ULEN tI. THOMPSON.
'Shelby and state of Tennessee, in said district, have resided, as aforesaid, for six months next immediately preceding the filing of this petition, etc." There are attachedto the petition schedules ing to be those of the firm liabilities and assets, and of John G. Lonsdale's individual liabilities and assets, but nothing purporting to be schedules of Thompson's individual liabilities and assets. From this analysis of the petition we are now considering, and this' ::;tatement from the record, it will be seen how inartificial and defective it is, considered as one to set aside thedisoharge and supersede the proceedings for causes not mentioned in section 5120 of the Revised Statutes. If this demurrer should be sustained because of these defects the petition could be amended, and although it does not set out the original bankruptcy proceedings in so full a manner ;8,S to raise all the questions involved, nor make the record an exhibit, as it shoulddo,.I have, in pursuance of my habit to wind up the old bankruptcy business of this court as best we can, concluded to treat the petition as if the record wevean exhibit to it, and as if it were more specific intne allegations based upon that record, though, r think such a practice wholly subversive of orderly procedure. But we never had, in this court, any rules regulating the practice in bankruptcy, outside of the general orders of the supreme court, and I know, from my own experience at the bar, how difficult it was fo1' a lawyer to determine how to proceed in their absence in matters not regulated by the statute or general orders. Since the repeal of the act it would be useless to prescribe rules, and there is excuse for not too much scrutiny of informalities of the kind mentioned. The demurrer admits the facts stated to be true, and the first question is whether a creditor who has proved his debt ,can, at this stage of the proceedings, object to the jurisdiction of the court io grant the discharge; The jurisdiction is denied on two grounds, essentially different in their character: First, the creditor alleges he had no notice, and none was given to him or other creditors who had proved their debts, of the application by Thompson for a discharge, as required by section 5109 of the Revised Statutes, which enacts:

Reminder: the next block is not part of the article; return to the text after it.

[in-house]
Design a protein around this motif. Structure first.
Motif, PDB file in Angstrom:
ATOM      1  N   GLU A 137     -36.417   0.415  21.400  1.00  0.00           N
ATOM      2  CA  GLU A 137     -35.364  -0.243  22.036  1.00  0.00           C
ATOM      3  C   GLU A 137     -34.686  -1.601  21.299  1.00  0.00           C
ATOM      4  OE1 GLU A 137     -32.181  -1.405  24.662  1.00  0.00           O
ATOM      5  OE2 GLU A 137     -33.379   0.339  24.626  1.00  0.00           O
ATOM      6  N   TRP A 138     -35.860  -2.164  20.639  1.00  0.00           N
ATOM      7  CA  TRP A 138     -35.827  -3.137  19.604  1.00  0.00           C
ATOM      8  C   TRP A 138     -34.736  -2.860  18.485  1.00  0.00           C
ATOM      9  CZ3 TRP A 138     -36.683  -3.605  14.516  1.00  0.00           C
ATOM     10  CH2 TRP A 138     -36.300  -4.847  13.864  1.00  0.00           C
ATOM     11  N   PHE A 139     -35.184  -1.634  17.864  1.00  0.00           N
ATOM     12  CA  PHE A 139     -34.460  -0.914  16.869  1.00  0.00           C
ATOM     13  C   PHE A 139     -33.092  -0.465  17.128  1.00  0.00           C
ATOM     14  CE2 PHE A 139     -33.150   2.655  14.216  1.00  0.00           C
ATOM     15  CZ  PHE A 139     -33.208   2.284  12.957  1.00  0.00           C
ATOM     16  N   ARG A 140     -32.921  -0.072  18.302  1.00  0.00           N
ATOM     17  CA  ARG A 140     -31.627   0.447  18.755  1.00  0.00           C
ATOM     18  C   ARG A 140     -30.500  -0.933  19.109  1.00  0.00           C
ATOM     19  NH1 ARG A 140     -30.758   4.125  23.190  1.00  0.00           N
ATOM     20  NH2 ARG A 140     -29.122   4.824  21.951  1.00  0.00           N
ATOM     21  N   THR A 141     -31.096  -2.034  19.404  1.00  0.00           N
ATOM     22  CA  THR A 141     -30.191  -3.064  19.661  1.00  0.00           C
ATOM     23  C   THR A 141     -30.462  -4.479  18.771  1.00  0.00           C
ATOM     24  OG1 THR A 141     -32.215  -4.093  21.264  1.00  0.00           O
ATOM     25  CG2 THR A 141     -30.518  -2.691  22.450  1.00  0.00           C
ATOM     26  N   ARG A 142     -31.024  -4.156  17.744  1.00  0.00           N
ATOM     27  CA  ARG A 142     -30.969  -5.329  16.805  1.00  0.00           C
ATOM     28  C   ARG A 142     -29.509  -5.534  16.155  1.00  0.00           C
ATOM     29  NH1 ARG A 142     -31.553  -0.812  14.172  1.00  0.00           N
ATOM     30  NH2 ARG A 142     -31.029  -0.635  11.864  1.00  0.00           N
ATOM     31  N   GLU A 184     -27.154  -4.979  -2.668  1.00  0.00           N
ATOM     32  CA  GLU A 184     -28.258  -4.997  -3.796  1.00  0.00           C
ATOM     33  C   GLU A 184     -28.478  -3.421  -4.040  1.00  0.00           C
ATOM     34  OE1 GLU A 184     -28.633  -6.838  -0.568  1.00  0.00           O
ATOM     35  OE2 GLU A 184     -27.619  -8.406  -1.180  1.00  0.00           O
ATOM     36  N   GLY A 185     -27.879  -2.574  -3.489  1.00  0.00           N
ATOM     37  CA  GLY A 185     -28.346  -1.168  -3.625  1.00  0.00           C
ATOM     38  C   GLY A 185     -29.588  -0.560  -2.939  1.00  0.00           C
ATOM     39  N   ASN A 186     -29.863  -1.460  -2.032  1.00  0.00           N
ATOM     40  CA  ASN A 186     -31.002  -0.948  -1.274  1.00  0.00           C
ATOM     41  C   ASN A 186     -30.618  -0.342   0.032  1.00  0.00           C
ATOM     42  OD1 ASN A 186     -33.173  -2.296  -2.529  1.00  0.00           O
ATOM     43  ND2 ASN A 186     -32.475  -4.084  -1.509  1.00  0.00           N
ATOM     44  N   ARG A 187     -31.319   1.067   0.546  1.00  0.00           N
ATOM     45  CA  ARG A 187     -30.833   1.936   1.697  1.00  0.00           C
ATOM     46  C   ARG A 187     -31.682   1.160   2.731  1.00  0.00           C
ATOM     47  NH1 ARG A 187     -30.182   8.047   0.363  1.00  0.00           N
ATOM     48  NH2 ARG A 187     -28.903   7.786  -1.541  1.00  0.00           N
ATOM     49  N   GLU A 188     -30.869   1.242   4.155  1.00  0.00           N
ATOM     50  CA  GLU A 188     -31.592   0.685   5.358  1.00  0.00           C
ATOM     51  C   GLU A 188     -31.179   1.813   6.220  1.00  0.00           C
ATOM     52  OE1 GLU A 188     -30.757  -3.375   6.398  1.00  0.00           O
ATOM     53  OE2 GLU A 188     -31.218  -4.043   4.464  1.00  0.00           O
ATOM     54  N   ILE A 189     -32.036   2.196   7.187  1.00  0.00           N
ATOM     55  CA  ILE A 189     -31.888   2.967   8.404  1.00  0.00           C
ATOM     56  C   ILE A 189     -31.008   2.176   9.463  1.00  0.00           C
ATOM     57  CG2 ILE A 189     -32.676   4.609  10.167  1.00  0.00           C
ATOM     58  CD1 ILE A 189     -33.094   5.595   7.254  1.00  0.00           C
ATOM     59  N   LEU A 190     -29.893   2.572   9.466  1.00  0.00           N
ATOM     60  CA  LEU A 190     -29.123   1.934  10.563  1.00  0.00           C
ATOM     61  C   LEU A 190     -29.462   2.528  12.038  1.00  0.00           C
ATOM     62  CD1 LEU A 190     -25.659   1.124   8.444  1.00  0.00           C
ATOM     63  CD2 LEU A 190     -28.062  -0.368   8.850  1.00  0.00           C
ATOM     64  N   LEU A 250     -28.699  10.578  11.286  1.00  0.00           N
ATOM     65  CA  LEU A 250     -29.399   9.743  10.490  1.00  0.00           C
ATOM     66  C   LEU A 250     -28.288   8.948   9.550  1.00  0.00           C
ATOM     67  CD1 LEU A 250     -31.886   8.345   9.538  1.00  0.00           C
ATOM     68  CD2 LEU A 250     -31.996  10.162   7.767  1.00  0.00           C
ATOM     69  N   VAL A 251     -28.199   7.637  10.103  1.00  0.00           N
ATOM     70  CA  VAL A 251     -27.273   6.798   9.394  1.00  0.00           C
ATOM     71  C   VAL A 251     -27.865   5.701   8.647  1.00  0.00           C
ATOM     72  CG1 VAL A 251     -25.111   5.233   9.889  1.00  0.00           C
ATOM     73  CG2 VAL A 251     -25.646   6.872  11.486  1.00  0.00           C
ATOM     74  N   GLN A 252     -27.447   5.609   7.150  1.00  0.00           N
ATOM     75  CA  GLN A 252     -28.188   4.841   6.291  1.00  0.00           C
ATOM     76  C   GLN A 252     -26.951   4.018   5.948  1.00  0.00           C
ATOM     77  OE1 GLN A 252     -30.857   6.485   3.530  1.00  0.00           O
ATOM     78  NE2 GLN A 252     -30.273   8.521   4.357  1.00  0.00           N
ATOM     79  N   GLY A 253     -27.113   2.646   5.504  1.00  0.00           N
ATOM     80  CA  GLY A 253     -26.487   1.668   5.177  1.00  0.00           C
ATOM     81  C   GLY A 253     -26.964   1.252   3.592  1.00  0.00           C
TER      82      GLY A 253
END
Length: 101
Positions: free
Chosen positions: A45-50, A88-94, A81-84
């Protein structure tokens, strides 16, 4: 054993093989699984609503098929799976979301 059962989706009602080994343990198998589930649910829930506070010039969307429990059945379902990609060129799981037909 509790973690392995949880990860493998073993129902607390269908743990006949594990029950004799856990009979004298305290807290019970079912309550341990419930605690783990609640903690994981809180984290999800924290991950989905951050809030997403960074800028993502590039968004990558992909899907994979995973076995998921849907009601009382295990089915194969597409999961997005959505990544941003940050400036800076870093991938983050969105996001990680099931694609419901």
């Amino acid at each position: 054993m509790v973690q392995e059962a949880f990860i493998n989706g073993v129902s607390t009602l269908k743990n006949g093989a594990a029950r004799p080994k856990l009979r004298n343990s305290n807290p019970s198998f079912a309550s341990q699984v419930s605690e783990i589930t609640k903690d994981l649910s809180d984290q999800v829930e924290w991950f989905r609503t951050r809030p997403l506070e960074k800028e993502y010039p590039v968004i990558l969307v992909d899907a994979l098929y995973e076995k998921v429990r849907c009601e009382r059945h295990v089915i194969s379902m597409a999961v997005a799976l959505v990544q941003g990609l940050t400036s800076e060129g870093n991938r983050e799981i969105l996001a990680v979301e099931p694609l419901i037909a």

.. Upon application for a discharge being made, the court shall order notice to be given by;mail to all creditors who have debts, and by publication, at least once a week,.in such newspapers as the court shalld.esignate, due regard being had to the general circulation of the same in the district, or in that portion of the district in which the and his shall reside, to appear on a day ap·pointed for that purpose, and show CaliSe why ;\ discharge should not be granted to the bankrupt." Ret. § 5109.